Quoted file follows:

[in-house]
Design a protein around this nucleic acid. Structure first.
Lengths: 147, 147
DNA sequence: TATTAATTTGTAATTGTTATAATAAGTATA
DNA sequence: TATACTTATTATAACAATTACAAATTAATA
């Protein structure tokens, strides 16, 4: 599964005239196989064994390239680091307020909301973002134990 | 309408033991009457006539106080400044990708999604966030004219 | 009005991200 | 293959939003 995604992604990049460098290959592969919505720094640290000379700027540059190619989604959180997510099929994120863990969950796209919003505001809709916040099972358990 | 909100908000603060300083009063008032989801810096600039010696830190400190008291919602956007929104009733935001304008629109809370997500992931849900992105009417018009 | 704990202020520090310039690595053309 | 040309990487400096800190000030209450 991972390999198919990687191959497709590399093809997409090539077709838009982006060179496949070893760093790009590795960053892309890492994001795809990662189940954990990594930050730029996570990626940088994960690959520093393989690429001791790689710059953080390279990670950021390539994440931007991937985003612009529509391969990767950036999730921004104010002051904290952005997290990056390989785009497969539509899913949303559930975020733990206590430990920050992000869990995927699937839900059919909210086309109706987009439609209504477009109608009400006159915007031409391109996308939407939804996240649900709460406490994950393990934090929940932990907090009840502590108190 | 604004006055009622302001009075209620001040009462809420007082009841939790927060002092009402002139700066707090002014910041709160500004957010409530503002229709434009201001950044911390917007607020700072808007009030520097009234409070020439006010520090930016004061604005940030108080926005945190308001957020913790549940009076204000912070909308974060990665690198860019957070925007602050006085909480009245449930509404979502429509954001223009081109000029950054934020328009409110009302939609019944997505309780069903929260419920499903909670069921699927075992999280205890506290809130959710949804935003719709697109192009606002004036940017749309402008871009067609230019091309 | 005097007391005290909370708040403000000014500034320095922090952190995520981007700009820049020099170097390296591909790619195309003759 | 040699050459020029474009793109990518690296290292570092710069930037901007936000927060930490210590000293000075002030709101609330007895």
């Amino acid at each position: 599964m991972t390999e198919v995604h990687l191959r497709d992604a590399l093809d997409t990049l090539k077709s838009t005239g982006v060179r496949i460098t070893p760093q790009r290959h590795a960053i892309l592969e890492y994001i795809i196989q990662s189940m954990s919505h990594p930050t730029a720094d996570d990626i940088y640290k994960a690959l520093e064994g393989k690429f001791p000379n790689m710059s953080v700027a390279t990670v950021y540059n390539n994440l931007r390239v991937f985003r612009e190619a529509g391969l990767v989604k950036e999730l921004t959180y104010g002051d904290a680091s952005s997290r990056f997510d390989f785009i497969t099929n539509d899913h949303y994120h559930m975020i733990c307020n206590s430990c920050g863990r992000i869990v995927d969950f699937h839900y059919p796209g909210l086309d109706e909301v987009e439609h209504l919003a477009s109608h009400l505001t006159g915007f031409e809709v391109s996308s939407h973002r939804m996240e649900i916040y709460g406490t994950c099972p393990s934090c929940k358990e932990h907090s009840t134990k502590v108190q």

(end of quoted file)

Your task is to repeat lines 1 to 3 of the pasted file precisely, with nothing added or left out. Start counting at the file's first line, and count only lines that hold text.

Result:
[in-house]
Design a protein around this nucleic acid. Structure first.
Lengths: 147, 147